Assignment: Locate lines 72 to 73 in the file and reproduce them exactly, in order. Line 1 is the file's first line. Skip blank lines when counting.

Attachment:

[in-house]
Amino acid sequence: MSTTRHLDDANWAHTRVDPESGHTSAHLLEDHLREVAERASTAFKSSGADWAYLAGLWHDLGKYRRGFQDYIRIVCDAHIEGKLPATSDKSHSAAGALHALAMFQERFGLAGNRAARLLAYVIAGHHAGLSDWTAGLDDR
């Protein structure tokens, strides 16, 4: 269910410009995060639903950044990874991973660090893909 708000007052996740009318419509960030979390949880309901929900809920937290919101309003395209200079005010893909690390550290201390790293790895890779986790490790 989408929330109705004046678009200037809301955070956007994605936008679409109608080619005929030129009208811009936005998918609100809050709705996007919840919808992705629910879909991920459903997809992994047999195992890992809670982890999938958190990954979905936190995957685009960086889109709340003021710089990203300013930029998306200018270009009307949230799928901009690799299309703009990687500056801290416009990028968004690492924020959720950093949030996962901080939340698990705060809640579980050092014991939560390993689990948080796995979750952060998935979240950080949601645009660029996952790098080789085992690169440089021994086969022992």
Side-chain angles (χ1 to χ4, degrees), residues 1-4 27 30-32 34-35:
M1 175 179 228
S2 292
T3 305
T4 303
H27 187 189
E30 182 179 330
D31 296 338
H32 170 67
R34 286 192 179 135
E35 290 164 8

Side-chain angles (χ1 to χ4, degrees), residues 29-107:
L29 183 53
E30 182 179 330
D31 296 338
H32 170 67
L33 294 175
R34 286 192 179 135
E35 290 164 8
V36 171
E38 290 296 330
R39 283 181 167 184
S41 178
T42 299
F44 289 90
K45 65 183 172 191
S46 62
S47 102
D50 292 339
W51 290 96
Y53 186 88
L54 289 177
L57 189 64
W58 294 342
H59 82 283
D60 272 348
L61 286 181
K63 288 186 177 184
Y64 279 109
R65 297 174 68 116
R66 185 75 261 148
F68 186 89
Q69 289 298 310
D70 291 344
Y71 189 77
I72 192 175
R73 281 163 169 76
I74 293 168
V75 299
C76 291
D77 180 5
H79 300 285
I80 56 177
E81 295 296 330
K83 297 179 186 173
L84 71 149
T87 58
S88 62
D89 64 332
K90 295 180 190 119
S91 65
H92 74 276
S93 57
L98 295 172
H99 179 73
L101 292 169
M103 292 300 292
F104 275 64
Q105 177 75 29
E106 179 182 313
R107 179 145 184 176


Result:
Q105 177 75 29
E106 179 182 313